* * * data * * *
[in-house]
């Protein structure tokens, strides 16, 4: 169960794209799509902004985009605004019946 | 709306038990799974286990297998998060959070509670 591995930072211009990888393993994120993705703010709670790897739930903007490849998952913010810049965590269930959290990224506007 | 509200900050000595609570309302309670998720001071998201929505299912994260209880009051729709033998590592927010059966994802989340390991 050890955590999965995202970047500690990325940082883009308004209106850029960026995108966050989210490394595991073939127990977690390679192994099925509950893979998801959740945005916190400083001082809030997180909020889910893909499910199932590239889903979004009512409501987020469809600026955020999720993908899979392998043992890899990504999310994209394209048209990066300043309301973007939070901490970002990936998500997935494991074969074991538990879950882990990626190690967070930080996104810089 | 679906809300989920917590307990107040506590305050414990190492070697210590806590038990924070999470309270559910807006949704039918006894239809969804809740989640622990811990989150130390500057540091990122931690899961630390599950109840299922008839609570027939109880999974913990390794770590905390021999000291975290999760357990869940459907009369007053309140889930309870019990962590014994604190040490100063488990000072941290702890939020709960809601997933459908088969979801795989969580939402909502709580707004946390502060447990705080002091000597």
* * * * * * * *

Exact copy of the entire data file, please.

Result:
[in-house]
């Protein structure tokens, strides 16, 4: 169960794209799509902004985009605004019946 | 709306038990799974286990297998998060959070509670 591995930072211009990888393993994120993705703010709670790897739930903007490849998952913010810049965590269930959290990224506007 | 509200900050000595609570309302309670998720001071998201929505299912994260209880009051729709033998590592927010059966994802989340390991 050890955590999965995202970047500690990325940082883009308004209106850029960026995108966050989210490394595991073939127990977690390679192994099925509950893979998801959740945005916190400083001082809030997180909020889910893909499910199932590239889903979004009512409501987020469809600026955020999720993908899979392998043992890899990504999310994209394209048209990066300043309301973007939070901490970002990936998500997935494991074969074991538990879950882990990626190690967070930080996104810089 | 679906809300989920917590307990107040506590305050414990190492070697210590806590038990924070999470309270559910807006949704039918006894239809969804809740989640622990811990989150130390500057540091990122931690899961630390599950109840299922008839609570027939109880999974913990390794770590905390021999000291975290999760357990869940459907009369007053309140889930309870019990962590014994604190040490100063488990000072941290702890939020709960809601997933459908088969979801795989969580939402909502709580707004946390502060447990705080002091000597």